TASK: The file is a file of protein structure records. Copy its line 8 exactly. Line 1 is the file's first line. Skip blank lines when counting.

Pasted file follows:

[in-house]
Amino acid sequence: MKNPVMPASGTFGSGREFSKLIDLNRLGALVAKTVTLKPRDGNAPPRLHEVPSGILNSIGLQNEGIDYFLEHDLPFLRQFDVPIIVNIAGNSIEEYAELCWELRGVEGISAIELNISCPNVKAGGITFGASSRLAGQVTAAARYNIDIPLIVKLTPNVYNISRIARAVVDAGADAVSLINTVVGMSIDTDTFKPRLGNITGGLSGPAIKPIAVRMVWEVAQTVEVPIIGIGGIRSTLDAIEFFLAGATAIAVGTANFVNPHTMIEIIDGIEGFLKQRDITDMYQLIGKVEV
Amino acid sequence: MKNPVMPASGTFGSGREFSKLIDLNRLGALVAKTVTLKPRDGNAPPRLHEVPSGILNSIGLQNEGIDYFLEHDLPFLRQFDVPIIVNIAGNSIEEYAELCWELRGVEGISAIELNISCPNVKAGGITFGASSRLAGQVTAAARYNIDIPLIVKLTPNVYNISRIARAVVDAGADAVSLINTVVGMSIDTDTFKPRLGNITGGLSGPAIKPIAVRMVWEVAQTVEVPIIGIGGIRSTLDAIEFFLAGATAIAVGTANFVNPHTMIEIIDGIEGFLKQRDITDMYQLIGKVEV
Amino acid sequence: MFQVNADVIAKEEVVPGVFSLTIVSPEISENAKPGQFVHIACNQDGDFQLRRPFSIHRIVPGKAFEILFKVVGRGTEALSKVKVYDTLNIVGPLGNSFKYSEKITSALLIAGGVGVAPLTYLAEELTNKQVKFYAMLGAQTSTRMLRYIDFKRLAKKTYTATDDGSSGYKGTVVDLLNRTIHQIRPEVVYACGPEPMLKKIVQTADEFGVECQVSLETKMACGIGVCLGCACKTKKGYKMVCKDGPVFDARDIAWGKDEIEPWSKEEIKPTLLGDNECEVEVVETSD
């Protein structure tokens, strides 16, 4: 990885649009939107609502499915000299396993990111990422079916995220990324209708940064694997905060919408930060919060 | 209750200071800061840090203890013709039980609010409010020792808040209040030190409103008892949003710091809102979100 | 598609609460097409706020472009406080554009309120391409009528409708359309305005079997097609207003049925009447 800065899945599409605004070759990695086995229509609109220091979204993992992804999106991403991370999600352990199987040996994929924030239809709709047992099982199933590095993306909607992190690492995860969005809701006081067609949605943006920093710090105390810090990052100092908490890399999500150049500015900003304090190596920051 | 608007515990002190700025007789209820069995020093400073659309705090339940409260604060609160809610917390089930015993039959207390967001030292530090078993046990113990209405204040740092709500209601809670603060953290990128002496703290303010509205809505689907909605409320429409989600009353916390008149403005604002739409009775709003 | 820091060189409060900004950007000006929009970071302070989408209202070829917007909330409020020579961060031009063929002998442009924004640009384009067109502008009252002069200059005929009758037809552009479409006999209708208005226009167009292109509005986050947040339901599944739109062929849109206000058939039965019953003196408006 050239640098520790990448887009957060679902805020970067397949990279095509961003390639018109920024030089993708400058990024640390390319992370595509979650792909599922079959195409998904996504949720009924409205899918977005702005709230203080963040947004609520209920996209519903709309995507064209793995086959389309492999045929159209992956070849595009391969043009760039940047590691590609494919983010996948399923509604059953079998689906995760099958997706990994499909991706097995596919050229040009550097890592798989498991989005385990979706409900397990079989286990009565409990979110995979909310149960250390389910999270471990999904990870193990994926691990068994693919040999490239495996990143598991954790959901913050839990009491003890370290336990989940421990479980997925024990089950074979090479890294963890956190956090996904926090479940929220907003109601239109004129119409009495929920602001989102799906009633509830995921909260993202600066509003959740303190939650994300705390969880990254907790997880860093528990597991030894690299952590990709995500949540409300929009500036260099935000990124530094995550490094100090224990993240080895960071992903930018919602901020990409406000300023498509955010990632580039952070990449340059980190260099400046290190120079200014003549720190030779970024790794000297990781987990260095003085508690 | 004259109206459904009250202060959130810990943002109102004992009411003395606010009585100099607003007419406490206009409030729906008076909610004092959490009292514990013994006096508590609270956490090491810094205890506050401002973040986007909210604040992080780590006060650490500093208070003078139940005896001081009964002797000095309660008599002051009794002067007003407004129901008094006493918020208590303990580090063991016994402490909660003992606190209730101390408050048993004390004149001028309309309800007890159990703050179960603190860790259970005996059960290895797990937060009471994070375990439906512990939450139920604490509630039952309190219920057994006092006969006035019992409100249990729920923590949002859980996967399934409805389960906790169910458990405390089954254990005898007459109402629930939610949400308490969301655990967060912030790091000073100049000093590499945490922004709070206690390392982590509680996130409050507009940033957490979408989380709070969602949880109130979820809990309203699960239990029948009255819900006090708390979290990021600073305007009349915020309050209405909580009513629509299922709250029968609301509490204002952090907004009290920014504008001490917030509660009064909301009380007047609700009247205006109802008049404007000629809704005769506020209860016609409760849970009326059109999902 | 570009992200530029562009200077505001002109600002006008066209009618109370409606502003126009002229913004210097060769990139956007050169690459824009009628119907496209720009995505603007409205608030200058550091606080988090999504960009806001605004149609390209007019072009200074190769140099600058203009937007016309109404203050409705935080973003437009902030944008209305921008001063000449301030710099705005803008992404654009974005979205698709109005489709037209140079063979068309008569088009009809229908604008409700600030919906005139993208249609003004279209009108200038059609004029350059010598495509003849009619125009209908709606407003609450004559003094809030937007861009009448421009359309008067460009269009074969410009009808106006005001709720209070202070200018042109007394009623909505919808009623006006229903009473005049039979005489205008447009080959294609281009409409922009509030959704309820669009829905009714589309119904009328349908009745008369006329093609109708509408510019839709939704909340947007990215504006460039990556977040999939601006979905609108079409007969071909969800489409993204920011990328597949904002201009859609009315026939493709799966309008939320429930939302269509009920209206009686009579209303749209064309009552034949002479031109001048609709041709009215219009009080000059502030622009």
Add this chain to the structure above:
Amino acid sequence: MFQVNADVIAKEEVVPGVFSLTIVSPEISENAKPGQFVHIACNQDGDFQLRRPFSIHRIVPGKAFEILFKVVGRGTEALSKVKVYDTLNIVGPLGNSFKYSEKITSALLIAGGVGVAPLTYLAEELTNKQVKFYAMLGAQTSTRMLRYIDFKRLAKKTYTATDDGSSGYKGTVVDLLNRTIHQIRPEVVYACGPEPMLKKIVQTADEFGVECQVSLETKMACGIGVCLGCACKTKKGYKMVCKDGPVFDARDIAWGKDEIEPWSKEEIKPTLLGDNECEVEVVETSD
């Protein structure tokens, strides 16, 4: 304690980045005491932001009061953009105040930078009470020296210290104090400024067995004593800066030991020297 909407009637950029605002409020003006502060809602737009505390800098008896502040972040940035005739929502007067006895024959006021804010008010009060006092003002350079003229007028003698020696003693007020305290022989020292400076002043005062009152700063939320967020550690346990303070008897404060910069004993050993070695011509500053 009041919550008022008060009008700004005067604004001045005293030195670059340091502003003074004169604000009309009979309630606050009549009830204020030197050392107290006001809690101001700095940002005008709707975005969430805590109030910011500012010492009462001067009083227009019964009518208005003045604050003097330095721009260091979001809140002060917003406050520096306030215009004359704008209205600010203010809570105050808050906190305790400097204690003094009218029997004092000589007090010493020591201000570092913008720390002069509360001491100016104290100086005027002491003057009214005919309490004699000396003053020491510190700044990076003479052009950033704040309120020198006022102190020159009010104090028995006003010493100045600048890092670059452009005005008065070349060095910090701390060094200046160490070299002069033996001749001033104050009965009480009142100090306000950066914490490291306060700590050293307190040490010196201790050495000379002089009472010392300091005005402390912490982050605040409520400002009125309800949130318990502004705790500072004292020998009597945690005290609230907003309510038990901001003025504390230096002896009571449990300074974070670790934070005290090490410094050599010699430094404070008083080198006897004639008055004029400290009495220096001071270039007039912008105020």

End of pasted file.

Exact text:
């Protein structure tokens, strides 16, 4: 304690980045005491932001009061953009105040930078009470020296210290104090400024067995004593800066030991020297 909407009637950029605002409020003006502060809602737009505390800098008896502040972040940035005739929502007067006895024959006021804010008010009060006092003002350079003229007028003698020696003693007020305290022989020292400076002043005062009152700063939320967020550690346990303070008897404060910069004993050993070695011509500053 009041919550008022008060009008700004005067604004001045005293030195670059340091502003003074004169604000009309009979309630606050009549009830204020030197050392107290006001809690101001700095940002005008709707975005969430805590109030910011500012010492009462001067009083227009019964009518208005003045604050003097330095721009260091979001809140002060917003406050520096306030215009004359704008209205600010203010809570105050808050906190305790400097204690003094009218029997004092000589007090010493020591201000570092913008720390002069509360001491100016104290100086005027002491003057009214005919309490004699000396003053020491510190700044990076003479052009950033704040309120020198006022102190020159009010104090028995006003010493100045600048890092670059452009005005008065070349060095910090701390060094200046160490070299002069033996001749001033104050009965009480009142100090306000950066914490490291306060700590050293307190040490010196201790050495000379002089009472010392300091005005402390912490982050605040409520400002009125309800949130318990502004705790500072004292020998009597945690005290609230907003309510038990901001003025504390230096002896009571449990300074974070670790934070005290090490410094050599010699430094404070008083080198006897004639008055004029400290009495220096001071270039007039912008105020």